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105 Research products, page 1 of 11

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  • Open Access English
    Authors: 
    Isabel Baenas; Mikel Etxandi; Lucero Munguía; Roser Granero; Gemma Mestre-Bach; Isabel Sánchez; Emilio Ortega; Alba Andreu; Violeta L. Moize; Jose-Manuel Fernández-Real; +55 more
    Publisher: MDPI AG
    Countries: Portugal, Belgium, Belgium, France, Belgium, Italy, France, Spain, Italy, Belgium ...
    Project: EC | PRIME (847879), EC | Eat2beNICE (728018), EC | PRIME (847879), EC | Eat2beNICE (728018)

    Background. The COVID-19 lockdown has had a significant impact on mental health. Patients with eating disorders (ED) have been particularly vulnerable. Aims. (1) To explore changes in eating-related symptoms and general psychopathology during lockdown in patients with an ED from various European and Asian countries; and (2) to assess differences related to diagnostic ED subtypes, age, and geography. Methods. The sample comprised 829 participants, diagnosed with an ED according to DSM-5 criteria from specialized ED units in Europe and Asia. Participants were assessed using the COVID-19 Isolation Scale (CIES). Results. Patients with binge eating disorder (BED) experienced the highest impact on weight and ED symptoms in comparison with other ED subtypes during lockdown, whereas individuals with other specified feeding and eating disorders (OFSED) had greater deterioration in general psychological functioning than subjects with other ED subtypes. Finally, Asian and younger individuals appeared to be more resilient. Conclusions. The psychopathological changes in ED patients during the COVID-19 lockdown varied by cultural context and individual variation in age and ED diagnosis. Clinical services may need to target preventive measures and adapt therapeutic approaches for the most vulnerable patients. We thank CERCA Programme/Generalitat de Catalunya for institutional support. This manuscript and research was supported by grants from the Department of Health of the Generalitat de Catalunya by the call Pla estratègic de recerca i innovació en salut (PERIS, SLT006/17/00077), the Ministerio de Economía y Competitividad (PSI201568701R), Fondo de Investigación Sanitario (FIS) (INT19/00046, PI17/01167, PI20/132), CIBERINFEC (CB21/13/00009) and co-funded by FEDER funds /European Regional Development Fund (ERDF), a way to build Europe (Eat2beNICE/ H2020-SFS-2016-2; Ref 728018; and PRIME/ H2020-SC1-BHC-2018-2020; Ref: 847879). CIBEROBN, CIBERSAM, CIBERINFEC and CIBERDEM are all initiatives of Instituto de Salud Carlos III (ISCIII). GMB is supported by a postdoctoral grant from FUNCIVA. PPM was supported, in part, by a Portuguese Foundation for Science and Technology grant (POCI-01-0145-FEDER-028145). IB was partially supported by a Post-Residency Grant from the Research Committee of the University Hospital of Bellvitge (HUB; Barcelona, Spain) 2020–2021. The funders had no role in the study design, data collection and analysis, decision to publish, or preparation of the manuscript. Fondo Investigacion Sanitario-FIS, Grant/Award Numbers: FIS, INT19/00046, PI17/01167; Ministerio de Economia y Competitividad, Grant/Award Number: PSI2015-68701-R; Portuguese Foundation for Science and Technology grant, Grant/Award Number: POCI-01-0145-FEDER-028145; Consejo Nacional de Ciencia y Tecnologia; Generalitat de Catalunya; European Regional Development Fund. Data Availability Statement: Individuals may inquire with Fernández-Aranda regarding availability of the data as there is ongoing studies using the data. To avoid overlapping research efforts, Fernández-Aranda will consider a request on a case-by-case basis.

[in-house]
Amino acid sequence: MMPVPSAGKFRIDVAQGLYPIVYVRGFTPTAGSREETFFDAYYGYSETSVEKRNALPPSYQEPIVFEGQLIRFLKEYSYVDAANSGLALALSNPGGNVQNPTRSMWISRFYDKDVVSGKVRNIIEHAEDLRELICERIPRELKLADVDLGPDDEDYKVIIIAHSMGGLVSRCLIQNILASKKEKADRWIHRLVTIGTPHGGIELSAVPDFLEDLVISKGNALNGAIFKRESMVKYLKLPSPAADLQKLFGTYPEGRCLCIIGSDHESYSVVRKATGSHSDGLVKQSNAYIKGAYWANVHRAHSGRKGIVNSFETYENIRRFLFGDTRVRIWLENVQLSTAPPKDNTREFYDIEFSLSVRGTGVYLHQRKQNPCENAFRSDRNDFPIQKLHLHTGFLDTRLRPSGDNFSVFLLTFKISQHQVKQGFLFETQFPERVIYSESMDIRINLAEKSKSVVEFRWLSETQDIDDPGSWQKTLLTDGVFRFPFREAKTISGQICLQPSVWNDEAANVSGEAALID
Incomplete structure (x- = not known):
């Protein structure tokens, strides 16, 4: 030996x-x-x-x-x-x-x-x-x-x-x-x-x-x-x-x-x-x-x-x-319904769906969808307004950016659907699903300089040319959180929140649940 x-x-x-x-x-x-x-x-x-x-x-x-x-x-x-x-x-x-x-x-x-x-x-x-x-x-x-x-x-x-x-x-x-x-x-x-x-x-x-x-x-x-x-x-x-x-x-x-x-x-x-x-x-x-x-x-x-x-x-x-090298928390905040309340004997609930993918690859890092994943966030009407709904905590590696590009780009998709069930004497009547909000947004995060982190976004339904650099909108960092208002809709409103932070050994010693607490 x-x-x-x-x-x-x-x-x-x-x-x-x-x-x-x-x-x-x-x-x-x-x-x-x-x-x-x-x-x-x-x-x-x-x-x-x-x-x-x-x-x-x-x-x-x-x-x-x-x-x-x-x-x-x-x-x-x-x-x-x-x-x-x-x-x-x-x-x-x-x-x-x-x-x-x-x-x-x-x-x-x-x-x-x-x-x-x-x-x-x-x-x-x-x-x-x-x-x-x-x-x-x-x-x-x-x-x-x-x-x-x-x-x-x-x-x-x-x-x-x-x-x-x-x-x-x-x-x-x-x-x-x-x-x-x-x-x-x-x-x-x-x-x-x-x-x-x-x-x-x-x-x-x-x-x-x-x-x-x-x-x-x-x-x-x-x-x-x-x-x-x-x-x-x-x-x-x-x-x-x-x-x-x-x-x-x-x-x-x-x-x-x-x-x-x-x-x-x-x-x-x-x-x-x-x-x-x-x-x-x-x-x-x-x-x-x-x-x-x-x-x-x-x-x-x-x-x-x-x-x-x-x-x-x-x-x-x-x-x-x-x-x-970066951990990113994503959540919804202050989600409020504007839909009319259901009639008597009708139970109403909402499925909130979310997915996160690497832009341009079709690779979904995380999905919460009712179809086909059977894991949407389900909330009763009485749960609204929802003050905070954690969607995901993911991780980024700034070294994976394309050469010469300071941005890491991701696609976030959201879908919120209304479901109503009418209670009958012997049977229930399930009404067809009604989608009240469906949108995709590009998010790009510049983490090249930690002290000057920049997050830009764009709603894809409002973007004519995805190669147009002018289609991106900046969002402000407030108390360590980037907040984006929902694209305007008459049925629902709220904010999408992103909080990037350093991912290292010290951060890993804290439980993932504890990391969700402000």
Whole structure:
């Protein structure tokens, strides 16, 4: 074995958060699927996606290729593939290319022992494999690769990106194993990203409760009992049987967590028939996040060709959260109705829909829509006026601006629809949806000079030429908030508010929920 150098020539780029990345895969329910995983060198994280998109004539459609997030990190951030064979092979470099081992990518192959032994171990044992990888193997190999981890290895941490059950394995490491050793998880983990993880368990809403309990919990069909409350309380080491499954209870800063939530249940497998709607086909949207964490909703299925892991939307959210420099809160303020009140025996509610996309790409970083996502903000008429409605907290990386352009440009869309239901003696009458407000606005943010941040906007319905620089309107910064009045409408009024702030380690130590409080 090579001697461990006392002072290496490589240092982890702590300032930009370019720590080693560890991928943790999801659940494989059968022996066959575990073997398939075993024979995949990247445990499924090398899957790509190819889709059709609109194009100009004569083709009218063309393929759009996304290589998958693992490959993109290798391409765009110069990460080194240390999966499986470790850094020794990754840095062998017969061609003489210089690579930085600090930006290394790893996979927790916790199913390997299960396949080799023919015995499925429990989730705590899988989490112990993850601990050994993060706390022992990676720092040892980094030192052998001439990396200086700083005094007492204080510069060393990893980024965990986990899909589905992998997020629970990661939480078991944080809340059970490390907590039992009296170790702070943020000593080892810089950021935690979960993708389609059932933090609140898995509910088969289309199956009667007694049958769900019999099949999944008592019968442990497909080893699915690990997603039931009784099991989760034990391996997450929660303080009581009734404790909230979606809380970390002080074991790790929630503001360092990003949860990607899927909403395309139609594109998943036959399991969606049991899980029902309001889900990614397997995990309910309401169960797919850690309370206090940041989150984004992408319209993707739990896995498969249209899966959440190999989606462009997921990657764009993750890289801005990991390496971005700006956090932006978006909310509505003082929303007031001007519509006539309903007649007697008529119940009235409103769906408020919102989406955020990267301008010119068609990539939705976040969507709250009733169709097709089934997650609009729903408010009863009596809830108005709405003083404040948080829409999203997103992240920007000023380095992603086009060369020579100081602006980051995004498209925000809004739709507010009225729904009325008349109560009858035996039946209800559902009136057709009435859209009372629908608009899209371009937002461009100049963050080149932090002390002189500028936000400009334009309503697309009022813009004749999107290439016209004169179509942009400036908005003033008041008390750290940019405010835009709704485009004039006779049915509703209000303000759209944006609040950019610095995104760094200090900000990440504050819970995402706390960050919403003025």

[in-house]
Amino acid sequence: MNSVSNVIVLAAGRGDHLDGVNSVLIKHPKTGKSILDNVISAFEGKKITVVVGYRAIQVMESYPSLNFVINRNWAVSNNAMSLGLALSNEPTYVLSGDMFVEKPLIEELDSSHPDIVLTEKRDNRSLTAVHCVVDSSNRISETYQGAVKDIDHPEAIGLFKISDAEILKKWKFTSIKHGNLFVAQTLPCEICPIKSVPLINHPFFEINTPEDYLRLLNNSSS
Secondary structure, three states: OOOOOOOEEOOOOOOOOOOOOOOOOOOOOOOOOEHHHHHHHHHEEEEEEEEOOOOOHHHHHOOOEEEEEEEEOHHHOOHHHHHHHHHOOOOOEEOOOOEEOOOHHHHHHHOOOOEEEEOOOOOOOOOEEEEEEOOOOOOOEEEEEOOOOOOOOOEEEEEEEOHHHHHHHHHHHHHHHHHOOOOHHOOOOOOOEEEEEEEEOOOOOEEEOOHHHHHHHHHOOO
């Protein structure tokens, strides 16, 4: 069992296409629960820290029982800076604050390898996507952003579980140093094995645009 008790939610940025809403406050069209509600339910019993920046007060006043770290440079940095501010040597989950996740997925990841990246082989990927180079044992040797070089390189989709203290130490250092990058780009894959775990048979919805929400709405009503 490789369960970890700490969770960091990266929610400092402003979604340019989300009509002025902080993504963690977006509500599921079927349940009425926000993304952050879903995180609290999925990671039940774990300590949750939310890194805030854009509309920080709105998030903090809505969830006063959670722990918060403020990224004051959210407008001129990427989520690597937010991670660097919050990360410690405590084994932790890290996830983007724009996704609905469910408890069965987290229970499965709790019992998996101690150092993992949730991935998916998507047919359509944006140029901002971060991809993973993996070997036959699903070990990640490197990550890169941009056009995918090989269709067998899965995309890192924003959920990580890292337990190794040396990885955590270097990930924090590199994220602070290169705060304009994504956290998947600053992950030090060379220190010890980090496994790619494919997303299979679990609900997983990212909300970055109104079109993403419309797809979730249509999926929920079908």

• Open Access English
    Authors: 
    Pagano, Livio; Salmanton-García, Jon; Marchesi, Francesco; Busca, Alessandro; Corradini, Paolo; Hoenigl, Martin; Klimko, Nikolai; Koehler, Philipp; Pagliuca, Antonio; Passamonti, Francesco; +186 more
    Publisher: BioMed Central
    Countries: Croatia, Spain, Croatia, Spain, Italy, Belgium, Denmark, Spain, Belgium, Netherlands ...

    Background Patients with hematological malignancies (HM) are at high risk of mortality from SARS-CoV-2 disease 2019 (COVID-19). A better understanding of risk factors for adverse outcomes may improve clinical management in these patients. We therefore studied baseline characteristics of HM patients developing COVID-19 and analyzed predictors of mortality. Methods The survey was supported by the Scientific Working Group Infection in Hematology of the European Hematology Association (EHA). Eligible for the analysis were adult patients with HM and laboratory-confirmed COVID-19 observed between March and December 2020. Results The study sample includes 3801 cases, represented by lymphoproliferative (mainly non-Hodgkin lymphoma n = 1084, myeloma n = 684 and chronic lymphoid leukemia n = 474) and myeloproliferative malignancies (mainly acute myeloid leukemia n = 497 and myelodysplastic syndromes n = 279). Severe/critical COVID-19 was observed in 63.8% of patients (n = 2425). Overall, 2778 (73.1%) of the patients were hospitalized, 689 (18.1%) of whom were admitted to intensive care units (ICUs). Overall, 1185 patients (31.2%) died. The primary cause of death was COVID-19 in 688 patients (58.1%), HM in 173 patients (14.6%), and a combination of both COVID-19 and progressing HM in 155 patients (13.1%). Highest mortality was observed in acute myeloid leukemia (199/497, 40%) and myelodysplastic syndromes (118/279, 42.3%). The mortality rate significantly decreased between the first COVID-19 wave (March–May 2020) and the second wave (October–December 2020) (581/1427, 40.7% vs. 439/1773, 24.8%, p value < 0.0001). In the multivariable analysis, age, active malignancy, chronic cardiac disease, liver disease, renal impairment, smoking history, and ICU stay correlated with mortality. Acute myeloid leukemia was a higher mortality risk than lymphoproliferative diseases. Conclusions This survey confirms that COVID-19 patients with HM are at high risk of lethal complications. However, improved COVID-19 prevention has reduced mortality despite an increase in the number of reported cases. EPICOVIDEHA has received funds from Optics COMMITTM (COVID-19 Unmet Medical Needs and Associated Research Extension) COVID-19 RFP program by GILEAD Science, United States (Project 2020-8223). Peer reviewed